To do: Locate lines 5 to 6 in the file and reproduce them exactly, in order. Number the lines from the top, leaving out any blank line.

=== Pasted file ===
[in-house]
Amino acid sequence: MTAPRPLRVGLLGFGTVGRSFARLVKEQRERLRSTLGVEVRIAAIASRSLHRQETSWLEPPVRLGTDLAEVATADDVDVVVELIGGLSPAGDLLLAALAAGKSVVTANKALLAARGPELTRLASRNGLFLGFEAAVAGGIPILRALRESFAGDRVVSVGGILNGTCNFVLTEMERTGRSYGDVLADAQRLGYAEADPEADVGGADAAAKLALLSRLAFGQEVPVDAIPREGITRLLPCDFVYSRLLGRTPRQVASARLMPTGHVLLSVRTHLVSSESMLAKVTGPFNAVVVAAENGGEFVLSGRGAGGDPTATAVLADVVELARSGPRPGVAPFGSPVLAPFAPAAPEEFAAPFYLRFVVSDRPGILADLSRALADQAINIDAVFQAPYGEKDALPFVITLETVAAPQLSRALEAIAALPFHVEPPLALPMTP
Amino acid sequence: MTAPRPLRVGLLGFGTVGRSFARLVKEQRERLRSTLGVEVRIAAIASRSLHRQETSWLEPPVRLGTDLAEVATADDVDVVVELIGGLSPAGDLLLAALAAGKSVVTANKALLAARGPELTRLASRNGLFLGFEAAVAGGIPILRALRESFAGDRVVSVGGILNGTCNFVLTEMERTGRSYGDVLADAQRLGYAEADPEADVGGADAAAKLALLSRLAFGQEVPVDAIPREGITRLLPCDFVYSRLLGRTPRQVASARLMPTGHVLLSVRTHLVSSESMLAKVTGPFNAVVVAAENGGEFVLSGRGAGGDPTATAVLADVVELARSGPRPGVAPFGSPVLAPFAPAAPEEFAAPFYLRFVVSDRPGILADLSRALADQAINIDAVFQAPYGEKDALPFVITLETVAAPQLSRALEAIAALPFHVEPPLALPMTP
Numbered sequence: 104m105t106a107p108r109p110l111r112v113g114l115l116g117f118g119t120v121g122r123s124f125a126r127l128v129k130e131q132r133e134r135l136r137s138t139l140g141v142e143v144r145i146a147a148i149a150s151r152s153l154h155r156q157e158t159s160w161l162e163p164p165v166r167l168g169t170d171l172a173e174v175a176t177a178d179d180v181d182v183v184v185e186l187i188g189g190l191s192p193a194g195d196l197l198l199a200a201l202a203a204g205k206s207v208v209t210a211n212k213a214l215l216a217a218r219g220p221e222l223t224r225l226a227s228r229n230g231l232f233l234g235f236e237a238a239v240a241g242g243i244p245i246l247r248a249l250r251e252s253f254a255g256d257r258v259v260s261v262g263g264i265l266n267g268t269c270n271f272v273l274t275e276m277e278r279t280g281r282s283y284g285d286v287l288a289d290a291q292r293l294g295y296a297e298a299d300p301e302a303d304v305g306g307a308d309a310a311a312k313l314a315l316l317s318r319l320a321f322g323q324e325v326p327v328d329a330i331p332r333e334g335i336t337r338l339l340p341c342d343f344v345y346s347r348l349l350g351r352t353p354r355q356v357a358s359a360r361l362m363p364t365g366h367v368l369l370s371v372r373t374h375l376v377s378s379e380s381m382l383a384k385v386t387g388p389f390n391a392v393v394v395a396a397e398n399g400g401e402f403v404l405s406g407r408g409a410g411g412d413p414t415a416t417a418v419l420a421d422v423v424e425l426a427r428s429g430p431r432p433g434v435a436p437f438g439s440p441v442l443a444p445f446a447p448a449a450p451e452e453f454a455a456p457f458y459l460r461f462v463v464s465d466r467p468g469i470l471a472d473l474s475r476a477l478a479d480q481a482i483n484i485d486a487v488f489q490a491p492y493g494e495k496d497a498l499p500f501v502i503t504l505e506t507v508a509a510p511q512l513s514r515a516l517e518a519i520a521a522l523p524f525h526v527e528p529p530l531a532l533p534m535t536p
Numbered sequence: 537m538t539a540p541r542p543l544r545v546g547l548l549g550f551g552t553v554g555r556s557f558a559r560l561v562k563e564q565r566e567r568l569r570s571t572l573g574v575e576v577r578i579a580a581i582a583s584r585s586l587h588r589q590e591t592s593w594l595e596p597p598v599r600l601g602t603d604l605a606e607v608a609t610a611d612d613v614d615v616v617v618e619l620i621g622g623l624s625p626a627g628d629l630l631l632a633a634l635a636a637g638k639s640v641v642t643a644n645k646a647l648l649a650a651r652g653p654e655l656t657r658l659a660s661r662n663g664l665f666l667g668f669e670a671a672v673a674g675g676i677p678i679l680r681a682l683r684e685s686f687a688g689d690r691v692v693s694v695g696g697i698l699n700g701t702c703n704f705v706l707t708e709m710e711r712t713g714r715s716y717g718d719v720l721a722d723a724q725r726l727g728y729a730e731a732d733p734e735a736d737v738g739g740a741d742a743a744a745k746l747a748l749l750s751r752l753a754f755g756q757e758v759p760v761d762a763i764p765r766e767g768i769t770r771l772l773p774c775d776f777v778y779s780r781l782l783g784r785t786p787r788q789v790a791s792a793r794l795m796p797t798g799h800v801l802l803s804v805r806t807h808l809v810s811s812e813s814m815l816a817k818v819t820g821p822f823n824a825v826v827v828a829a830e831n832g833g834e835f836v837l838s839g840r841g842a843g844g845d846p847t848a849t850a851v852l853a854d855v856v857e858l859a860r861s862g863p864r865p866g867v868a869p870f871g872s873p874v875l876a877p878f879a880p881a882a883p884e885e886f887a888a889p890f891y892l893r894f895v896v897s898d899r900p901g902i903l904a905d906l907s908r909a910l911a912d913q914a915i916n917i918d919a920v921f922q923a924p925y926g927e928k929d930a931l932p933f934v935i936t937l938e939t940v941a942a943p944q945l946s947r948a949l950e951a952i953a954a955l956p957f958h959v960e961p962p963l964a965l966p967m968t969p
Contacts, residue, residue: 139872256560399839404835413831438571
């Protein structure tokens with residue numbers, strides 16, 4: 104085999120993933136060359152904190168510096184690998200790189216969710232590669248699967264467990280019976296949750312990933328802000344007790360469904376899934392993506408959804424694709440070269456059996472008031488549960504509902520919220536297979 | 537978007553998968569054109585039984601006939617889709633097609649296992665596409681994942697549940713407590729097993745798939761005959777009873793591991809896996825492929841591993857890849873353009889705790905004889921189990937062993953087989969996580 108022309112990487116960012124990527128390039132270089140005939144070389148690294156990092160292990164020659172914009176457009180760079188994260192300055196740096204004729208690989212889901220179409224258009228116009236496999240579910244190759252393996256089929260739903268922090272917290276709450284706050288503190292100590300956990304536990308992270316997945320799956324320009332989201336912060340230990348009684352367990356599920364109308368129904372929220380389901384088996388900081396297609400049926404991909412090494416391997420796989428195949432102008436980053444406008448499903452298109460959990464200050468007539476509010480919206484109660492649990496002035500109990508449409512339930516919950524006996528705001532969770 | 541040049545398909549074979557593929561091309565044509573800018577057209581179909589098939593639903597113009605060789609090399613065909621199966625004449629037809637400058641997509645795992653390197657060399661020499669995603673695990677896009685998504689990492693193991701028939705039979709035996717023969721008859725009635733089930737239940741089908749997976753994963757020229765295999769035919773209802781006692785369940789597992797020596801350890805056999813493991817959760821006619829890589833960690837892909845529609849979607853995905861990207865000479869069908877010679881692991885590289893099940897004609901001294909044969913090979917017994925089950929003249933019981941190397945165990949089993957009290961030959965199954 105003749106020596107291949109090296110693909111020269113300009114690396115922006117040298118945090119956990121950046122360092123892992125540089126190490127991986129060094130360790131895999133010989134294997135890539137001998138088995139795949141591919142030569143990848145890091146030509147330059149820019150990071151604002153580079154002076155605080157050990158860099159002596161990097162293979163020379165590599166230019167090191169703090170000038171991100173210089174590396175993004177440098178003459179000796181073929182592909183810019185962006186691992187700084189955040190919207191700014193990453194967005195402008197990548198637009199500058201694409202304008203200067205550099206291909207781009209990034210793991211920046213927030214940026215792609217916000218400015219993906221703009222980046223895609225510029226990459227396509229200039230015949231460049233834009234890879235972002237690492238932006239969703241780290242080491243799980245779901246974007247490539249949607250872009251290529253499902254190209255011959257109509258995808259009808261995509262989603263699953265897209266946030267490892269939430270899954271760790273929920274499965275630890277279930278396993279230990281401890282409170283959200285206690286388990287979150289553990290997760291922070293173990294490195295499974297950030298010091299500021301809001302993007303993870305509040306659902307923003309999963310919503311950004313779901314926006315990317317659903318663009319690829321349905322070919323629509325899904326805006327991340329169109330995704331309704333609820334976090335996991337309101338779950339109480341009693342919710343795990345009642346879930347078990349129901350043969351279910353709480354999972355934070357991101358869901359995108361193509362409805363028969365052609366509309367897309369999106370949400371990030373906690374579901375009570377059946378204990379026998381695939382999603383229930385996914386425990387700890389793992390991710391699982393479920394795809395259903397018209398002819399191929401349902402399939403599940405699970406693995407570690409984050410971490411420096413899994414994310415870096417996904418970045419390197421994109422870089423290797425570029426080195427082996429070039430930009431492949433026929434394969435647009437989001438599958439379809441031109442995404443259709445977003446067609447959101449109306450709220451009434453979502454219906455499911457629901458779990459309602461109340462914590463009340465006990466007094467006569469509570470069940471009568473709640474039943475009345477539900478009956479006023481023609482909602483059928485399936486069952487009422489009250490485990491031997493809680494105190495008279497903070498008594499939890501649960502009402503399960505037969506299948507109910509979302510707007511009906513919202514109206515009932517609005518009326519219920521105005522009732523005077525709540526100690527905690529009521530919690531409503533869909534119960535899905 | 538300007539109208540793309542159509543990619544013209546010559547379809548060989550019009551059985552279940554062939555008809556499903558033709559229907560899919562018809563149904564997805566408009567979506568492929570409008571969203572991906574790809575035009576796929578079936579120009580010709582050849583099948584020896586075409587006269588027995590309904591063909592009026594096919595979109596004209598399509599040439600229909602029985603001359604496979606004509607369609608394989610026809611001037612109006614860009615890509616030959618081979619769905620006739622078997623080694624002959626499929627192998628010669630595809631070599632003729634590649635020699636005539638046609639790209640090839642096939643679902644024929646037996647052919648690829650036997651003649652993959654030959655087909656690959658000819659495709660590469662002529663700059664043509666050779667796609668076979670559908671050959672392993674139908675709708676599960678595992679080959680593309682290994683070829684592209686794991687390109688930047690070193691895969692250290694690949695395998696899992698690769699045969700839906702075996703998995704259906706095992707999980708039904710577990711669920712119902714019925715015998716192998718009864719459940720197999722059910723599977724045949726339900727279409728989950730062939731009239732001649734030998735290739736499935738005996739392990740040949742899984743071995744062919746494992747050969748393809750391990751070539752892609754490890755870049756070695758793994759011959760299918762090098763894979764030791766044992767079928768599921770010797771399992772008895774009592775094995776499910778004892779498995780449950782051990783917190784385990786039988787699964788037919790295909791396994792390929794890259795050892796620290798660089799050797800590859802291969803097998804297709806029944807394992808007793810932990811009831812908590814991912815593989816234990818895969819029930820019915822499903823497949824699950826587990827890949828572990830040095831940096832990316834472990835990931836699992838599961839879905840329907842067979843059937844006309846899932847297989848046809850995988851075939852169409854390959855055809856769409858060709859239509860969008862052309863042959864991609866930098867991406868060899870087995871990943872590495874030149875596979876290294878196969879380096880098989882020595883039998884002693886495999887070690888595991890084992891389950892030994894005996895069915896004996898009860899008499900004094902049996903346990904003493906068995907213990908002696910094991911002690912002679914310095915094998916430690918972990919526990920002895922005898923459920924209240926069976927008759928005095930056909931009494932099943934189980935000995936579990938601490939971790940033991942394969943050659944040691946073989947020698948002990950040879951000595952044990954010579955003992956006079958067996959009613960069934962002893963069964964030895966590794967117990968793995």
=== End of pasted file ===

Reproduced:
Numbered sequence: 537m538t539a540p541r542p543l544r545v546g547l548l549g550f551g552t553v554g555r556s557f558a559r560l561v562k563e564q565r566e567r568l569r570s571t572l573g574v575e576v577r578i579a580a581i582a583s584r585s586l587h588r589q590e591t592s593w594l595e596p597p598v599r600l601g602t603d604l605a606e607v608a609t610a611d612d613v614d615v616v617v618e619l620i621g622g623l624s625p626a627g628d629l630l631l632a633a634l635a636a637g638k639s640v641v642t643a644n645k646a647l648l649a650a651r652g653p654e655l656t657r658l659a660s661r662n663g664l665f666l667g668f669e670a671a672v673a674g675g676i677p678i679l680r681a682l683r684e685s686f687a688g689d690r691v692v693s694v695g696g697i698l699n700g701t702c703n704f705v706l707t708e709m710e711r712t713g714r715s716y717g718d719v720l721a722d723a724q725r726l727g728y729a730e731a732d733p734e735a736d737v738g739g740a741d742a743a744a745k746l747a748l749l750s751r752l753a754f755g756q757e758v759p760v761d762a763i764p765r766e767g768i769t770r771l772l773p774c775d776f777v778y779s780r781l782l783g784r785t786p787r788q789v790a791s792a793r794l795m796p797t798g799h800v801l802l803s804v805r806t807h808l809v810s811s812e813s814m815l816a817k818v819t820g821p822f823n824a825v826v827v828a829a830e831n832g833g834e835f836v837l838s839g840r841g842a843g844g845d846p847t848a849t850a851v852l853a854d855v856v857e858l859a860r861s862g863p864r865p866g867v868a869p870f871g872s873p874v875l876a877p878f879a880p881a882a883p884e885e886f887a888a889p890f891y892l893r894f895v896v897s898d899r900p901g902i903l904a905d906l907s908r909a910l911a912d913q914a915i916n917i918d919a920v921f922q923a924p925y926g927e928k929d930a931l932p933f934v935i936t937l938e939t940v941a942a943p944q945l946s947r948a949l950e951a952i953a954a955l956p957f958h959v960e961p962p963l964a965l966p967m968t969p
Contacts, residue, residue: 139872256560399839404835413831438571